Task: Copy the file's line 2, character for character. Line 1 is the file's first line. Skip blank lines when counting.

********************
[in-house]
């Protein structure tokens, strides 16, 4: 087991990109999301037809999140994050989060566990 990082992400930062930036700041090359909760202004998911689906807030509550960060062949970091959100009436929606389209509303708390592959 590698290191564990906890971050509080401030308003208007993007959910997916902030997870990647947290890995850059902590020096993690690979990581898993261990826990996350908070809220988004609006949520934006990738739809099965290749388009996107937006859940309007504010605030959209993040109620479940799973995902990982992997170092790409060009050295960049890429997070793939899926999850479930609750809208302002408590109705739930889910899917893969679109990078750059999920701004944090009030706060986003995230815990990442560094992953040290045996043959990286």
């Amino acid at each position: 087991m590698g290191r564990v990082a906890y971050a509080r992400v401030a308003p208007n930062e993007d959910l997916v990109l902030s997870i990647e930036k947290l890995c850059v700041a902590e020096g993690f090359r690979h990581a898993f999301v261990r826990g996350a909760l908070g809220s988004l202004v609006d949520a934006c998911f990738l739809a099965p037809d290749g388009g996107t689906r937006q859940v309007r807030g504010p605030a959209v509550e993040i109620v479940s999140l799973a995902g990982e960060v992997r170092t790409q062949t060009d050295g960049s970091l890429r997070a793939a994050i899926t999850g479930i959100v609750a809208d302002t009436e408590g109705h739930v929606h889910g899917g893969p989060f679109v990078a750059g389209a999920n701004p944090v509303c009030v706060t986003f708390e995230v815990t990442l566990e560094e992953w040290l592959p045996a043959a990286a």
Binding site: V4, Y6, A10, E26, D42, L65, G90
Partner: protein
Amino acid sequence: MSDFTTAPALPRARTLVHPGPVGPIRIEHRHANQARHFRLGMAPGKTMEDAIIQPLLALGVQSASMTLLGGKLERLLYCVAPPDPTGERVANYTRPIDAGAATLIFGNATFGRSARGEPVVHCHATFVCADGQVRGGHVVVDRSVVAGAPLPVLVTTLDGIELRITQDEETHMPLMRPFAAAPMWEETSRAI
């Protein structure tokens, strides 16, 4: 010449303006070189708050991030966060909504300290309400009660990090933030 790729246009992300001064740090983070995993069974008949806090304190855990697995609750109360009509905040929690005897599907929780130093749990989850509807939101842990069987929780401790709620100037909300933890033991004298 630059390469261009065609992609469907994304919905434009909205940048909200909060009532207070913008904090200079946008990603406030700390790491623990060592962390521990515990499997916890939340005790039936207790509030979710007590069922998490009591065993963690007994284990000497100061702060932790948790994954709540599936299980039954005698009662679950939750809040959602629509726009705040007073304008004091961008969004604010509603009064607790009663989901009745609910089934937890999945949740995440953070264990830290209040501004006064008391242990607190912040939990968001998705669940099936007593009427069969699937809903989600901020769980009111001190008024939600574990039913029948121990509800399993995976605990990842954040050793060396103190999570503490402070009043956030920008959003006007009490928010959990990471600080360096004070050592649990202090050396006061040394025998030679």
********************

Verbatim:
């Protein structure tokens, strides 16, 4: 087991990109999301037809999140994050989060566990 990082992400930062930036700041090359909760202004998911689906807030509550960060062949970091959100009436929606389209509303708390592959 590698290191564990906890971050509080401030308003208007993007959910997916902030997870990647947290890995850059902590020096993690690979990581898993261990826990996350908070809220988004609006949520934006990738739809099965290749388009996107937006859940309007504010605030959209993040109620479940799973995902990982992997170092790409060009050295960049890429997070793939899926999850479930609750809208302002408590109705739930889910899917893969679109990078750059999920701004944090009030706060986003995230815990990442560094992953040290045996043959990286």